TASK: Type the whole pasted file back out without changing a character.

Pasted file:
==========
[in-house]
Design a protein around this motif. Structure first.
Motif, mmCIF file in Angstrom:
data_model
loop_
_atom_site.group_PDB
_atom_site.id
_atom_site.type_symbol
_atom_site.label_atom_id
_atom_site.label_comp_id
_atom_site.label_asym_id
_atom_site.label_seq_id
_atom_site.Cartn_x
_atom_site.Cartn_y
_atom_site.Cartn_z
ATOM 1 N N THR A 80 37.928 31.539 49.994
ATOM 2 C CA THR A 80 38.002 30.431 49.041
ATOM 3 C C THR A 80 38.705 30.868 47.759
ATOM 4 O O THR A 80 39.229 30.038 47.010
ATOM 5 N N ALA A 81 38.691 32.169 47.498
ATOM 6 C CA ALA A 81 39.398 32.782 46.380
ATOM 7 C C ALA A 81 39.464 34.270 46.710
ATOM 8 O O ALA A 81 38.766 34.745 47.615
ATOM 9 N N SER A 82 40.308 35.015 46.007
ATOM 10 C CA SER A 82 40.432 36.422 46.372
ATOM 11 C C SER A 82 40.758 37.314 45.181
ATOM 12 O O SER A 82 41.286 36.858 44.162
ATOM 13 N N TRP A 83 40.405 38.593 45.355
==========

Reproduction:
[in-house]
Design a protein around this motif. Structure first.
Motif, mmCIF file in Angstrom:
data_model
loop_
_atom_site.group_PDB
_atom_site.id
_atom_site.type_symbol
_atom_site.label_atom_id
_atom_site.label_comp_id
_atom_site.label_asym_id
_atom_site.label_seq_id
_atom_site.Cartn_x
_atom_site.Cartn_y
_atom_site.Cartn_z
ATOM 1 N N THR A 80 37.928 31.539 49.994
ATOM 2 C CA THR A 80 38.002 30.431 49.041
ATOM 3 C C THR A 80 38.705 30.868 47.759
ATOM 4 O O THR A 80 39.229 30.038 47.010
ATOM 5 N N ALA A 81 38.691 32.169 47.498
ATOM 6 C CA ALA A 81 39.398 32.782 46.380
ATOM 7 C C ALA A 81 39.464 34.270 46.710
ATOM 8 O O ALA A 81 38.766 34.745 47.615
ATOM 9 N N SER A 82 40.308 35.015 46.007
ATOM 10 C CA SER A 82 40.432 36.422 46.372
ATOM 11 C C SER A 82 40.758 37.314 45.181
ATOM 12 O O SER A 82 41.286 36.858 44.162
ATOM 13 N N TRP A 83 40.405 38.593 45.355